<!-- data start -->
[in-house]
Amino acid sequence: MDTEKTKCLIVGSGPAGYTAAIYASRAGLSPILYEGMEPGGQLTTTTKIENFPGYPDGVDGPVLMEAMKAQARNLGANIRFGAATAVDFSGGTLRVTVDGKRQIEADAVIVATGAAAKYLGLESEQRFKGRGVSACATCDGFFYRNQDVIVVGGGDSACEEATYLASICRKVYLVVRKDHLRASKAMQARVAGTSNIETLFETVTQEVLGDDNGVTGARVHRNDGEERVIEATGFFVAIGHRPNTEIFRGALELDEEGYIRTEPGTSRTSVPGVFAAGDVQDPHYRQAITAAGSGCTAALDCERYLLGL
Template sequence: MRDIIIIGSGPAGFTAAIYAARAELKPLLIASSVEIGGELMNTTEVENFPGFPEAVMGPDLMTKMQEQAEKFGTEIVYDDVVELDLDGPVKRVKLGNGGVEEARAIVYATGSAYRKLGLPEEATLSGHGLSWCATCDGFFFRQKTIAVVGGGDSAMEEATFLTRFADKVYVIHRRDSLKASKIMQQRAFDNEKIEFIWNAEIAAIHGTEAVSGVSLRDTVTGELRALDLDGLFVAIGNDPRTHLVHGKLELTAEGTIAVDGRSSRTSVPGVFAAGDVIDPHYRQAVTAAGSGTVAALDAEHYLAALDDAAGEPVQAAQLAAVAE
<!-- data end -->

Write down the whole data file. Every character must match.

[in-house]
Amino acid sequence: MDTEKTKCLIVGSGPAGYTAAIYASRAGLSPILYEGMEPGGQLTTTTKIENFPGYPDGVDGPVLMEAMKAQARNLGANIRFGAATAVDFSGGTLRVTVDGKRQIEADAVIVATGAAAKYLGLESEQRFKGRGVSACATCDGFFYRNQDVIVVGGGDSACEEATYLASICRKVYLVVRKDHLRASKAMQARVAGTSNIETLFETVTQEVLGDDNGVTGARVHRNDGEERVIEATGFFVAIGHRPNTEIFRGALELDEEGYIRTEPGTSRTSVPGVFAAGDVQDPHYRQAITAAGSGCTAALDCERYLLGL
Template sequence: MRDIIIIGSGPAGFTAAIYAARAELKPLLIASSVEIGGELMNTTEVENFPGFPEAVMGPDLMTKMQEQAEKFGTEIVYDDVVELDLDGPVKRVKLGNGGVEEARAIVYATGSAYRKLGLPEEATLSGHGLSWCATCDGFFFRQKTIAVVGGGDSAMEEATFLTRFADKVYVIHRRDSLKASKIMQQRAFDNEKIEFIWNAEIAAIHGTEAVSGVSLRDTVTGELRALDLDGLFVAIGNDPRTHLVHGKLELTAEGTIAVDGRSSRTSVPGVFAAGDVIDPHYRQAVTAAGSGTVAALDAEHYLAALDDAAGEPVQAAQLAAVAE